After an epic holiday in Chicago – ostensibly to do Cold Waves and catch up with old friends – last year (review in the box), there wasn’t ever really any question that we wouldn’t make it back to Chicago again – and so a year on, here we were once again, in blazing September sunshine and loads more things to see. We managed all that, I managed three days of Cold Waves. Next year, though, I’m not flying back the following night, as I was paying for that decision for days afterwards.
Anyway, here’s my take on the festival as I saw it – once again brilliant fun, and while a number of concerns from punters were addressed from last year, the lack of available seating in the venue for anyone with a normal access ticket seems insane, particularly with the lengthy time allotted each evening, and the short gaps between bands. I appreciate, though, that this could be a Metro thing more than anything else. Still – on with the bands, but before we got to Metro, there was Thursday night at the Double Door, which felt part of the festival much more than last year’s Thursday event did.
I have to say that I was impressed with the Double Door as a venue. Loads of space, well-laid out, and tons of room at the bar to get served (not to mention loads of choice, too), and most importantly an exceptional sound set-up for a smallish venue (something many other venues of it’s size could take note of).
For the first band, though – Die Sektor – that maybe worked against them a bit as many people arrived a bit later and left the crowd looking a bit sparse, at least to start with. Not that it appeared to faze them, as they tore into their harsher industrial sounds from the off. In many ways, Die Sektor were an outlier across the entire festival – the only band of this style playing, and in some ways reflected the way tastes in at least one part of the scene seem to be moving. What saved Die Sektor, though, from being just yet another growly, harsh industrial band was that they have least attempted to broaden their sound somewhat, and the new songs were most notable – much less reliance on vocal treatments, at least live, and there was a distinct groove to the forthcoming single that is absolutely going to make it worthy of picking up.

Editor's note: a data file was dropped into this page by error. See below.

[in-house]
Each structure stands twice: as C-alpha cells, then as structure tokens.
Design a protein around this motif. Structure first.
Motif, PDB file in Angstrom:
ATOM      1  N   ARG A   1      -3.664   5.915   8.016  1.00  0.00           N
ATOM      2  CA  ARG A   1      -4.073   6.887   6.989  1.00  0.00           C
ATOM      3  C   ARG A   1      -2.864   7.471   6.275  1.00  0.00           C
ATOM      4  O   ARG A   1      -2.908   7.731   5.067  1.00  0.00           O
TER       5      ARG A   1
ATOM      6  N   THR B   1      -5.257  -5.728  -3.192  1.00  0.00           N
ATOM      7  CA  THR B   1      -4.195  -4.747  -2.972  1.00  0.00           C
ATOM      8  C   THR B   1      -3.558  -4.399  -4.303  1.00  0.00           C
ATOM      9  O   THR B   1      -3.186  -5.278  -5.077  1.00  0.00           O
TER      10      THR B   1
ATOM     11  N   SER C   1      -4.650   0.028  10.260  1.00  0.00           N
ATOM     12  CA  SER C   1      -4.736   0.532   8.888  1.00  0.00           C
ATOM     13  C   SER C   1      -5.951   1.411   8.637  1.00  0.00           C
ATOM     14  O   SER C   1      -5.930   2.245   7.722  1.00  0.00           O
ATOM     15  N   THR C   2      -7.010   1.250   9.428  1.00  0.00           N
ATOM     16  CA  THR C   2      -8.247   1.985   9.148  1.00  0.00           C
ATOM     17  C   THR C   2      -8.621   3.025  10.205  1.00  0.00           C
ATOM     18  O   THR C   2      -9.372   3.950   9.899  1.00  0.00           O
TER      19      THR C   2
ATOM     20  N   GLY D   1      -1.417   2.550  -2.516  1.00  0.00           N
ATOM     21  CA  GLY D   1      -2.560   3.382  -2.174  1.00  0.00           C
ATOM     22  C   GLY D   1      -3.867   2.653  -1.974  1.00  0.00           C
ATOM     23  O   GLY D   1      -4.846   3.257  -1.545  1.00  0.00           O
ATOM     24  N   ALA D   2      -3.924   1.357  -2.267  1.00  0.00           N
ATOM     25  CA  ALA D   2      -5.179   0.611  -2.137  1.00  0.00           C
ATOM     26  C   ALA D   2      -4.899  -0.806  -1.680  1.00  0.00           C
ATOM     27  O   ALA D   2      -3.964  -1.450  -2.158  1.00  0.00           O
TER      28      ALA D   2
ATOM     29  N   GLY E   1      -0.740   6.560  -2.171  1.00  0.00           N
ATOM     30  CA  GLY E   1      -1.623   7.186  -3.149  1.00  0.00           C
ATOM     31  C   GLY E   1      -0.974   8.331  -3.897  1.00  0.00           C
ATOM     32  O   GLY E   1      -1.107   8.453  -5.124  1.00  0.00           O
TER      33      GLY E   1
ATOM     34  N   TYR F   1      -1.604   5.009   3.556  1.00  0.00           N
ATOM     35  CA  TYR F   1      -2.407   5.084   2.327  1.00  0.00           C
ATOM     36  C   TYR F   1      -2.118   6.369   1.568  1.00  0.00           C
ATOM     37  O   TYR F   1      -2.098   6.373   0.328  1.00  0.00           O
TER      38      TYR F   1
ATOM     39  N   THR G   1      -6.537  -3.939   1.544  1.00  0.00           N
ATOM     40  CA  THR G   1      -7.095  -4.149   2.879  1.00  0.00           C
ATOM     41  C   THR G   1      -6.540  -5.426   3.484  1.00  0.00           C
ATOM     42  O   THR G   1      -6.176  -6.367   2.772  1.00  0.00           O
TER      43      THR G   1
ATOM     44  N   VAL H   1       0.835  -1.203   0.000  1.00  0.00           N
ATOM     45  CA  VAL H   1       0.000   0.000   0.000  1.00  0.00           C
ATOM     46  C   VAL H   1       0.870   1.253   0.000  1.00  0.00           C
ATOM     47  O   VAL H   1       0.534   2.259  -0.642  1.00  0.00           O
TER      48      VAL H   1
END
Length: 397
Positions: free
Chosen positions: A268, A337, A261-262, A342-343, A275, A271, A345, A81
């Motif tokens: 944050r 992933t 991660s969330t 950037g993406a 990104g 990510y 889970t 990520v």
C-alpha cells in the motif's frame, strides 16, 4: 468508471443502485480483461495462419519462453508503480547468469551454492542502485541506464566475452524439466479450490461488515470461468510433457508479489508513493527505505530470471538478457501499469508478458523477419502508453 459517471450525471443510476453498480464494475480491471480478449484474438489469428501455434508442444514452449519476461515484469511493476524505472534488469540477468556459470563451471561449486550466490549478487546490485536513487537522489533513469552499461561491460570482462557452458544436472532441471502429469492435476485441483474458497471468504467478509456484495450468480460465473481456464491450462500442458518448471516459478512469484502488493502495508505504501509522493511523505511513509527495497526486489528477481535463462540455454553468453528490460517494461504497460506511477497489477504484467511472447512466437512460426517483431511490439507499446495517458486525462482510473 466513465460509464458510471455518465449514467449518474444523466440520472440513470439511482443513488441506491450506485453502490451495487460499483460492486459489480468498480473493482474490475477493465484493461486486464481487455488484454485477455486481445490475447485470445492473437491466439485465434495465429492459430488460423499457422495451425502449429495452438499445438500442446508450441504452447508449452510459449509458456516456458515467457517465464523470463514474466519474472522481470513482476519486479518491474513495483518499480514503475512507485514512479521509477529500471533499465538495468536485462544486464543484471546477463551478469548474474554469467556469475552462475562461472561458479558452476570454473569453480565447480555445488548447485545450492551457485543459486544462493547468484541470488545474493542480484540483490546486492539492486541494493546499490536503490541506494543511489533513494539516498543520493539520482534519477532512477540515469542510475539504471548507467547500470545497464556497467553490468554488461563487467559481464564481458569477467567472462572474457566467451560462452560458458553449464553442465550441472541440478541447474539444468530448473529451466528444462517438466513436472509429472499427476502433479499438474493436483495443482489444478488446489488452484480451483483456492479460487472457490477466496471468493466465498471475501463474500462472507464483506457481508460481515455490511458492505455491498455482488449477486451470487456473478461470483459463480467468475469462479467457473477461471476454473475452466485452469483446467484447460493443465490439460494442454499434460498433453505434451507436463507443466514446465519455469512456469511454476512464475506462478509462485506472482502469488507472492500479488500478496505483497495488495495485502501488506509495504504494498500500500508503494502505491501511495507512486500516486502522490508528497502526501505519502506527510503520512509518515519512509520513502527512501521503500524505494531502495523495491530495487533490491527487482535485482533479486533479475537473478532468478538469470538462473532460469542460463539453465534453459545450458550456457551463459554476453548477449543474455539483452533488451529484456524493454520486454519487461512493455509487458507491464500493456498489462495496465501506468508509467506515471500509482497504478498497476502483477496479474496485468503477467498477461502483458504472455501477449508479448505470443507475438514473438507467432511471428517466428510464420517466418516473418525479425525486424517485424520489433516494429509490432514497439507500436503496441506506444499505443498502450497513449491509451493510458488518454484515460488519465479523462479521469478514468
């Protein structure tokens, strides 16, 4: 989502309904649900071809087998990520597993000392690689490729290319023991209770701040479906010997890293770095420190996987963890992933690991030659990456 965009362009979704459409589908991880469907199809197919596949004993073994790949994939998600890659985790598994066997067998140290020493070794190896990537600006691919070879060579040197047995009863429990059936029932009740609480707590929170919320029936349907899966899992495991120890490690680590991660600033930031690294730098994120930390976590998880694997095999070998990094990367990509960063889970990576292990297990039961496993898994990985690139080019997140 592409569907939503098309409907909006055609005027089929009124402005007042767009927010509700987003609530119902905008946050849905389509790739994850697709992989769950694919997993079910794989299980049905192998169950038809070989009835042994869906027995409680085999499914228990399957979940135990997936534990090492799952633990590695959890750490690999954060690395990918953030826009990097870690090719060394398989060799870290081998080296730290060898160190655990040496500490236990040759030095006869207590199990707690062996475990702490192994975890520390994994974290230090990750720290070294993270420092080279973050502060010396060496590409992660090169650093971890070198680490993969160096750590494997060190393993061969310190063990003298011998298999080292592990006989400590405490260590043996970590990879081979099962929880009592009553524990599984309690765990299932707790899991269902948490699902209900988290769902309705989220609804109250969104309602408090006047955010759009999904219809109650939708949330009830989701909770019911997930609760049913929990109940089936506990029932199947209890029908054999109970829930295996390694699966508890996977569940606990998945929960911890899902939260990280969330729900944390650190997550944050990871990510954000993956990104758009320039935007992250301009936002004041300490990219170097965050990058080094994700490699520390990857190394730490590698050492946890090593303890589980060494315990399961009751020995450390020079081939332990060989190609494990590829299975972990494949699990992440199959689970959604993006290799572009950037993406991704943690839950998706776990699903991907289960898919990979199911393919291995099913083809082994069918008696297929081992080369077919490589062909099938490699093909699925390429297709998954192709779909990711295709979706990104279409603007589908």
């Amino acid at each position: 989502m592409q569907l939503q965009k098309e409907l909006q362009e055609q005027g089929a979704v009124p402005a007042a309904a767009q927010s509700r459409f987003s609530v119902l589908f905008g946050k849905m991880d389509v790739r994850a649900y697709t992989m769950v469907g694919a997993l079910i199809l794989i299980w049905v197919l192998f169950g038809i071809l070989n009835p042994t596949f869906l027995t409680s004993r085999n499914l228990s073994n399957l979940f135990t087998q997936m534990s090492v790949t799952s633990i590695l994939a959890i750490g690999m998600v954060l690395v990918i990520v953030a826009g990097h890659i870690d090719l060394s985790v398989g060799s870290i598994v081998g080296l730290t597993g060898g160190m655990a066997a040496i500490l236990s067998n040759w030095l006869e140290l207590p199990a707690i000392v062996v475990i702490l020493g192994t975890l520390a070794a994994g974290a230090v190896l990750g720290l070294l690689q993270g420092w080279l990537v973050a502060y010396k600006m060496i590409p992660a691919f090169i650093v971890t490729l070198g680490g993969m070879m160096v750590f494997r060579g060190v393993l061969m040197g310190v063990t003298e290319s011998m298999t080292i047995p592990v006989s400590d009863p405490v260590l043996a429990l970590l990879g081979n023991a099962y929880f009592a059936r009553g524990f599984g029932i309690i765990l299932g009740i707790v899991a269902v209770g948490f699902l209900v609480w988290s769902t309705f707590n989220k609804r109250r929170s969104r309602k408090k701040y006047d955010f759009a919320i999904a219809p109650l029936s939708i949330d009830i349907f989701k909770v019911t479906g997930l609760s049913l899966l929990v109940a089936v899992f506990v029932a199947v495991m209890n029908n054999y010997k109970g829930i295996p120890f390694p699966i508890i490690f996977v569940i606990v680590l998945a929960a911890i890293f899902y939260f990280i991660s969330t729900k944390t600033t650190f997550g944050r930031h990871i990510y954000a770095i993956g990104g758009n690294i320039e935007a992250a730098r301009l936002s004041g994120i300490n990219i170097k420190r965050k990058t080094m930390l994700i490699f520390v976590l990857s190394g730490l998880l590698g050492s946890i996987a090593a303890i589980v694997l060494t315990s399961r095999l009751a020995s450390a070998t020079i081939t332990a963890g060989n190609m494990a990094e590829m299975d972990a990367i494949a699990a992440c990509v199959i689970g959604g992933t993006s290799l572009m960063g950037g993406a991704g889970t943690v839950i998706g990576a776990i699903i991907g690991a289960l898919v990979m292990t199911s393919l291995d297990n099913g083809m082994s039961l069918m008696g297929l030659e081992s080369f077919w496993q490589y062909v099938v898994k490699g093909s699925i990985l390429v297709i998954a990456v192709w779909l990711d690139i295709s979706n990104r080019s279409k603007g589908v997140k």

Rabbit Junk/Cyanotic setlist:
Pop That Pretty Thirty
What Doesn’t Kill You Will Make You A Killer
Break Shins To This
Signal The Machines
Things really came to life once Rabbit Junk took to the stage, though: a thirty minute jet-engine blast of a set that reminded just how brilliant they are. As was billed in advance, this was JP Anderson with the assistance of Sean and Chris from Cyanotic (and they played a couple of songs themselves at the end of the set, of which more in a moment) – and also the role of SumGrrl was taken up by another guest, Nadia G from local band Ganser (whose last EP was track of the month here earlier in the year).
The whole thing came together to absolutely kick ass. There was barely a moment to take a breath as the band ripped through a set concentrating mainly on newer material, but with a couple of old favourites thrown in too. Crutch is a long-time fan favourite, of course – and it’s themes about drinking too much seemed rather apt at the beginning of a weekend where most of us really did – and the crowd bellowed along with that, as well as another REframe track, the unexpected appearance of February War that also sounded glorious live. Indeed, JP mentioned post-show when I caught up with him that he’s keen on digging into his back catalogue a bit more and mixing up his sets. Long may that continue!